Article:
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Working out your prices, are you plucking a figure out of the air?

Updated: Jun 15, 2023


Setting prices for products or services can be a very emotive process when you run your own business. It relies on confidence in your costings and your own abilities, an understanding of the market and your competitors and a strategy.


Self-doubt and imposter syndrome can also lead you to under quote in case it seems too greedy. Does this sound familiar?


But there are some parts of the costing process that you can make easier immediately. You only have to sit down once to build a costing template, thinking through all the potential costs, to avoid restricting your profit or even making a loss because you haven’t taken into account all your costs.


Obviously, there is software out there that can help you, but it doesn’t have to be that complicated. You can set up a list of your potential costs in a spreadsheet format that includes a total at the bottom and the ability to add a % markup which you can reuse for each sale.


Each time you are asked to quote you create a copy of the template and fill in the costs that need to be considered for that sale, then add your markup and your have your price!


That sounds easy enough doesn’t it, but I know that some business owners find this area of running their business extremely hard. In that case, taking advice or getting assistance in this area would be the best way forward, so that you can be sure your business is making the profit it needs to be a success.


Below are some of the areas you need to take into account in your costing template, but these will vary depending on whether you sell a service or product, so not all of these will be relevant to your business

  • Direct costs o materials o your time o production o sub-contractors o logistics

  • Indirect costs o overheads (the regular bills you pay that can’t be attached to a particular sale and are necessary to keep your business afloat) o advertising/marketing o administrative expenses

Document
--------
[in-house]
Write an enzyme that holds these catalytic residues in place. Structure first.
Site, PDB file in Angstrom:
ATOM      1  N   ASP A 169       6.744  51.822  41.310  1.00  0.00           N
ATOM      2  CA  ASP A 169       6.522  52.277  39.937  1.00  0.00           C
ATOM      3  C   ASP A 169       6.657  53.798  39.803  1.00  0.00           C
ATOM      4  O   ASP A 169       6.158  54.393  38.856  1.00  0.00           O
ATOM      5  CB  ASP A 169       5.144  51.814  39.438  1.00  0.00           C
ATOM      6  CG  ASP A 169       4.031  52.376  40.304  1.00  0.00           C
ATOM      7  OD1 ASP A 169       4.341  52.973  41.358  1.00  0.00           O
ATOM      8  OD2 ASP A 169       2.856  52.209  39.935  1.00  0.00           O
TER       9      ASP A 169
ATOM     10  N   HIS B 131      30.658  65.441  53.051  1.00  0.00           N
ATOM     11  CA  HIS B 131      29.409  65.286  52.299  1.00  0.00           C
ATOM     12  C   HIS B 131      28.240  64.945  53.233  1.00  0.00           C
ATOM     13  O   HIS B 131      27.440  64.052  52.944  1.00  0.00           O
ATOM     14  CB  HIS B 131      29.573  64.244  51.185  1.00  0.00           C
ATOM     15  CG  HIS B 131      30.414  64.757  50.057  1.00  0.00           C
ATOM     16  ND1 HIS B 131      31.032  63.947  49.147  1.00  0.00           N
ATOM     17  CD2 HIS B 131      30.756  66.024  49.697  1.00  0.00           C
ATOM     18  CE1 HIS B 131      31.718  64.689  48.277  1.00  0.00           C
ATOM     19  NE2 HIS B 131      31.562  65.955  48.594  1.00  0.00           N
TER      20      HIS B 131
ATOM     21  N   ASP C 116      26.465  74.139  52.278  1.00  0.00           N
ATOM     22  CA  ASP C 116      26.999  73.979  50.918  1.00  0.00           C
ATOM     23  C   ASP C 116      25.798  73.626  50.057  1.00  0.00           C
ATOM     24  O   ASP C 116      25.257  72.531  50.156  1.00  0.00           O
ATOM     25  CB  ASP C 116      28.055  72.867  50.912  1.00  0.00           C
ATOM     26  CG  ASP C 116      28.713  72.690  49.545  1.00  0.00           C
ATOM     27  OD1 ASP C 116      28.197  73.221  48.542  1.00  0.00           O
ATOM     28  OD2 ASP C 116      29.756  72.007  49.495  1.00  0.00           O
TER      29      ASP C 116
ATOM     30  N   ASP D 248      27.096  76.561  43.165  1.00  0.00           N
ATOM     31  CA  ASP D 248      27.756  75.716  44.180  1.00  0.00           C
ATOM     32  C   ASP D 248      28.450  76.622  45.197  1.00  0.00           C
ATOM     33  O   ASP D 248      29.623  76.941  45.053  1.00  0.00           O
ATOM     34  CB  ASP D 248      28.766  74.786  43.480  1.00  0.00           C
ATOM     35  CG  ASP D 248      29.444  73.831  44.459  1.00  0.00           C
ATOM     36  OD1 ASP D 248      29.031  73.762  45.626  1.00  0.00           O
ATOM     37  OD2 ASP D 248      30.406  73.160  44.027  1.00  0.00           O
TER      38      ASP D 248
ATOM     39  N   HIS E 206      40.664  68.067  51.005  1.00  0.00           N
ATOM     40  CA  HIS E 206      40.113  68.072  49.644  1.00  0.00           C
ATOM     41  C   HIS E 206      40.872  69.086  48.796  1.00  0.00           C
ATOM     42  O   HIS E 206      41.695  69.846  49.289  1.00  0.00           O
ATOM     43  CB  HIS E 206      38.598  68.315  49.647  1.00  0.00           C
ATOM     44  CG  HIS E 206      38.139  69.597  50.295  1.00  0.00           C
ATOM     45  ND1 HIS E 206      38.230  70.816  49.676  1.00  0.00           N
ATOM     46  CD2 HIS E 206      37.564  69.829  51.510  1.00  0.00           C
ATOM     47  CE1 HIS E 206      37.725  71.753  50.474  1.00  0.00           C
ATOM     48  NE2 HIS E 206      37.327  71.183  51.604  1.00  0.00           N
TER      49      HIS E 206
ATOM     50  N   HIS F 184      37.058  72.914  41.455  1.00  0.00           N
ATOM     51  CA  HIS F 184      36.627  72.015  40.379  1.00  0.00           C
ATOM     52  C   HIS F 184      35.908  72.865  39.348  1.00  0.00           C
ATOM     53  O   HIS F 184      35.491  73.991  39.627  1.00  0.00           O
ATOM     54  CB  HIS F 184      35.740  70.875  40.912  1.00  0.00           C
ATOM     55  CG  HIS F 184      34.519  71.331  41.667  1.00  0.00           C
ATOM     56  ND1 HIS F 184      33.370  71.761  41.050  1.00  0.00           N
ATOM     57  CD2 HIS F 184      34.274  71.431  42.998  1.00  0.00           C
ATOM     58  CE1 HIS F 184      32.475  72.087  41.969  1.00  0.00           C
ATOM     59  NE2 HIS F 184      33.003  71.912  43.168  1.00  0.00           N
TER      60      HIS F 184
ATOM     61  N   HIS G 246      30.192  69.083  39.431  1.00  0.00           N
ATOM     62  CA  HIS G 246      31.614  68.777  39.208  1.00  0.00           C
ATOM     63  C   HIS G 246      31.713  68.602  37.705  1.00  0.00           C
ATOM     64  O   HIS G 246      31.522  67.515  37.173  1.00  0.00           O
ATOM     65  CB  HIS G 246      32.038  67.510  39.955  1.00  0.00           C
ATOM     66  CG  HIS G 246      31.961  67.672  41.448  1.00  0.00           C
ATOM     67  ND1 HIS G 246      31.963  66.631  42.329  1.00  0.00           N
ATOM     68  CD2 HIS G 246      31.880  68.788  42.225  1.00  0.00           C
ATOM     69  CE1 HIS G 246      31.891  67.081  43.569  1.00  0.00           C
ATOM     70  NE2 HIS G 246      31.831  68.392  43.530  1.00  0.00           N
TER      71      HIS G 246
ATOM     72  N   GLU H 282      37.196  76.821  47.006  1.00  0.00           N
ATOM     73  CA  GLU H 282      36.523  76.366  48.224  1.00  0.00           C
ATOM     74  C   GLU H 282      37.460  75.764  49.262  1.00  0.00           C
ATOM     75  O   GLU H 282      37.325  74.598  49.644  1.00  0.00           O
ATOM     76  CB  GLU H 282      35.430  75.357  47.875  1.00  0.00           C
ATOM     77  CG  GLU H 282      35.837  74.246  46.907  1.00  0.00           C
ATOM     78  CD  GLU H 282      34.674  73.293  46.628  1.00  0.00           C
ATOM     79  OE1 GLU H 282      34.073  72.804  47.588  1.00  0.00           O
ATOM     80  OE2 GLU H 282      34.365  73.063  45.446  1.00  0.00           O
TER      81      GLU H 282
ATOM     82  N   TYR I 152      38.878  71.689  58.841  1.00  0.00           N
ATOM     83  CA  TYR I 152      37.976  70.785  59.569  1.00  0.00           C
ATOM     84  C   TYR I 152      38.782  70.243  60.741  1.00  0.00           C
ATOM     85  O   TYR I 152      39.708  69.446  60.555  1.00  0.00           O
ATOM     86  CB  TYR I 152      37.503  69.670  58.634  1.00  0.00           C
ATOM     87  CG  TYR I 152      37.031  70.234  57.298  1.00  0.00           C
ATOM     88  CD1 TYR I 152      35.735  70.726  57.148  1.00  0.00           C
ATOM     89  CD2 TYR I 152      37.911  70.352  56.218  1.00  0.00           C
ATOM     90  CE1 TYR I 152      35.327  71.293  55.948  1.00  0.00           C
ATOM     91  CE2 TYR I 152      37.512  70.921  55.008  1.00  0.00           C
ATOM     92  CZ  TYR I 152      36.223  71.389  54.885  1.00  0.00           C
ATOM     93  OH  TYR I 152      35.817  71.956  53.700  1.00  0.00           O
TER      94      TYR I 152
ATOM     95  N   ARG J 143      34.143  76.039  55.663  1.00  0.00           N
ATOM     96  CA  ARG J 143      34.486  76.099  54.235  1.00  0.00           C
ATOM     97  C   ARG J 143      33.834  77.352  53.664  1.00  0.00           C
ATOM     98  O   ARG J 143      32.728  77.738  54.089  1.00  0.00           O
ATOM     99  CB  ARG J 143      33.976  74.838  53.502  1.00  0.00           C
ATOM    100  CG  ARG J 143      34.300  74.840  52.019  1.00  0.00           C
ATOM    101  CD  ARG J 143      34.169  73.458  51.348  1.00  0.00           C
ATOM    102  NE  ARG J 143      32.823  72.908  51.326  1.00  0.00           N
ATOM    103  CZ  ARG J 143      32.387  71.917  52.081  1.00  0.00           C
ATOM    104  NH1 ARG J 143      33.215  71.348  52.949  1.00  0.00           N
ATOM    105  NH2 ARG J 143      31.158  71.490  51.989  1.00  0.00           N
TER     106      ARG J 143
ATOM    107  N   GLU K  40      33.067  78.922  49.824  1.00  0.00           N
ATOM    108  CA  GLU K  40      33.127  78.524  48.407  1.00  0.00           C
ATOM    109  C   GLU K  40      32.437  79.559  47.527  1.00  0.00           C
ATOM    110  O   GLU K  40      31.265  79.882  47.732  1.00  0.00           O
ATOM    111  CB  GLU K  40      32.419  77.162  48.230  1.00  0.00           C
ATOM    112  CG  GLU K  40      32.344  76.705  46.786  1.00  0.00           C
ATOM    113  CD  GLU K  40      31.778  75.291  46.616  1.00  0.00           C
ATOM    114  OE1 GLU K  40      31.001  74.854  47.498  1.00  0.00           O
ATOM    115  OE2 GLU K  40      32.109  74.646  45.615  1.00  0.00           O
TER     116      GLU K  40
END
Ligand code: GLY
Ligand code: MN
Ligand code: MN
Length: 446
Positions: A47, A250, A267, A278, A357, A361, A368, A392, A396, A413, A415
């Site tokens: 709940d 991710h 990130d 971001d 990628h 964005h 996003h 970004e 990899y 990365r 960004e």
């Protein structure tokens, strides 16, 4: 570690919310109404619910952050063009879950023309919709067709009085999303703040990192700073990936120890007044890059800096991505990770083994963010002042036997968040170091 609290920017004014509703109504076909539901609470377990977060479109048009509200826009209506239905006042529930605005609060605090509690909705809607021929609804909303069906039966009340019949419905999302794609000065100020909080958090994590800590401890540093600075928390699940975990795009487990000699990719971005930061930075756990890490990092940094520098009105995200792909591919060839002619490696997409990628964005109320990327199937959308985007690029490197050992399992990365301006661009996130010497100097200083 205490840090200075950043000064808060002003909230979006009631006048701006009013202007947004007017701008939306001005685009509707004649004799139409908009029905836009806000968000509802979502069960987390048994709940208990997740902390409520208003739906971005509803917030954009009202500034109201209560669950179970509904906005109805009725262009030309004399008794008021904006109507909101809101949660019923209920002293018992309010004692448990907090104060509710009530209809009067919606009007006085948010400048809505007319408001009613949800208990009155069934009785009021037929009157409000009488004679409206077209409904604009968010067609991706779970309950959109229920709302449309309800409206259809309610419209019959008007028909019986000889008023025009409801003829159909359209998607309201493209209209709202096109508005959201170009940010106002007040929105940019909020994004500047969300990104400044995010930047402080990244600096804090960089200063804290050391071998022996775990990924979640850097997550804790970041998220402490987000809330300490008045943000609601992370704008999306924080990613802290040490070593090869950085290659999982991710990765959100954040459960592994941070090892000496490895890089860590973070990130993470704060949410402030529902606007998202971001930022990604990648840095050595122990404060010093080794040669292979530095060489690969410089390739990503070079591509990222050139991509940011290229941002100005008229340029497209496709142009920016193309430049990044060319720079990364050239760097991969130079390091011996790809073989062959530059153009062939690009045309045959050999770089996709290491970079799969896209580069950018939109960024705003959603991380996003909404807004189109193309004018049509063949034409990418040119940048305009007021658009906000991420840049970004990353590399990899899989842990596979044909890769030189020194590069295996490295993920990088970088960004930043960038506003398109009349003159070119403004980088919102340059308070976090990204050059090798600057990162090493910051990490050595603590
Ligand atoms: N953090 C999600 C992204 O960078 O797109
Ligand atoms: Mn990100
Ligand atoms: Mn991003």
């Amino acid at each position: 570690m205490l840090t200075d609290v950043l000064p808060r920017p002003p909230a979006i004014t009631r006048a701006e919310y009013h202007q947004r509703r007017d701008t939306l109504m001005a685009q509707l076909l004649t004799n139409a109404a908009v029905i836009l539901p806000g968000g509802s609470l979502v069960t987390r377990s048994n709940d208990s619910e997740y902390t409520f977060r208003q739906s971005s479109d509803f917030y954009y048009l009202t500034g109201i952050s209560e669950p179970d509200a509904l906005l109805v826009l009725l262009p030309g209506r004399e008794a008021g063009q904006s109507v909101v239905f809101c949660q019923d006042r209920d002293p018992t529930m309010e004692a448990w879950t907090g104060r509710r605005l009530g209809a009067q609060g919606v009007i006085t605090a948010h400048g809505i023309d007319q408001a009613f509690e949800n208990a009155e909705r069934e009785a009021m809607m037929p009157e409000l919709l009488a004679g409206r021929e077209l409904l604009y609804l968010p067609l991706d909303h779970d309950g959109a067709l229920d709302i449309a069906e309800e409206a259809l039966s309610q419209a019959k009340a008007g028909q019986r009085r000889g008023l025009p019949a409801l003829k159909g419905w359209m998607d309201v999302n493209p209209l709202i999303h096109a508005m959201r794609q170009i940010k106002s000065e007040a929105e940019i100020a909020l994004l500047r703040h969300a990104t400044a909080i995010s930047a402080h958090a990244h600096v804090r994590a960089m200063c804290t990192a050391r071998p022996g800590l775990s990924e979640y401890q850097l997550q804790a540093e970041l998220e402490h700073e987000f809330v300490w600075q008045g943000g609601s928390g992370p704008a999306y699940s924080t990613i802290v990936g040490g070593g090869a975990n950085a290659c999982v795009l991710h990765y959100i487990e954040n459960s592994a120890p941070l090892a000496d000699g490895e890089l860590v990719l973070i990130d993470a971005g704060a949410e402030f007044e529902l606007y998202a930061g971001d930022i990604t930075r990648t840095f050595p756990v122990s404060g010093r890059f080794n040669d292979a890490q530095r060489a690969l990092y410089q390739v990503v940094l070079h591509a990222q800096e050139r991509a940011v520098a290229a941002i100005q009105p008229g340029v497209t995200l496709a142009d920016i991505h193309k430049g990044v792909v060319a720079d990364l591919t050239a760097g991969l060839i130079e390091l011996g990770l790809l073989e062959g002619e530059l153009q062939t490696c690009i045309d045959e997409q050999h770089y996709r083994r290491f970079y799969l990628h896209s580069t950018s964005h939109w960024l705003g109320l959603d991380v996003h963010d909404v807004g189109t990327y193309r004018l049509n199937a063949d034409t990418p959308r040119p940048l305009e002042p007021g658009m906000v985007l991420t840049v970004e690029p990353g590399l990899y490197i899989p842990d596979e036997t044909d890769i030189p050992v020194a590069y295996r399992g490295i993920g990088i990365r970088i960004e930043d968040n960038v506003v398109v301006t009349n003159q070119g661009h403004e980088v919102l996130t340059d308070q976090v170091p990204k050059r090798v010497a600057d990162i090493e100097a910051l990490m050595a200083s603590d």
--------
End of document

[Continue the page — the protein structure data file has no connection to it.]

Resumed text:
By analysing these costs, you can work out the minimum price required to break even and add on your % markup.


If you sell packages or have fixed price products, you only need to set up one costing template for each package or product and you have your pricing structure. Obviously, it’s important to review these costings regularly to take into account rising costs but that’s a lot easier than starting from scratch isn’t it?


So, what else do you need to think about?



Once you have your price you should then consider attributes that may add value to your product/service and therefore increase your selling price.

  • Value: The perceived value of a product or service. If your customers perceive the offering as unique, high quality, or solving a specific problem, you can often justify higher prices.

  • Competitor analysis: If similar products or services are available in the market, you may need to consider pricing your offerings competitively, but this doesn’t mean discounting to beat the competitor. It’s important to understand whether the products on offer are like for like with yours. Can you justify your higher price because your product/service is better quality?

  • Supply/Demand: If there is a high demand for your product/service but availability is low you can increase your price to reflect that shortage. However, the same applies if there is low demand and supply is plentiful. Then your price will need to be lower to attract customers, in which case maybe this isn’t a good market to sell into and you should consider removing this product from your offering.


There are so many factors that need to be considered when you are pricing your services/products but by using a formulaic approach you can take away the emotion and become more confident in setting your pricing and achieving your worth.

If this is something that sends a chill down your spine, that is where I can step in. We can work through the process of costing your products and services together.

I will ask the questions that will draw out the answers you need to achieve a pricing structure you can be confident in. Confidence in your pricing is so important as, if you don’t sound confident your potential clients won’t be confident that you are charging the right price either.

Use my contact form or book a discovery call to find out more about how you can become confident in your pricing

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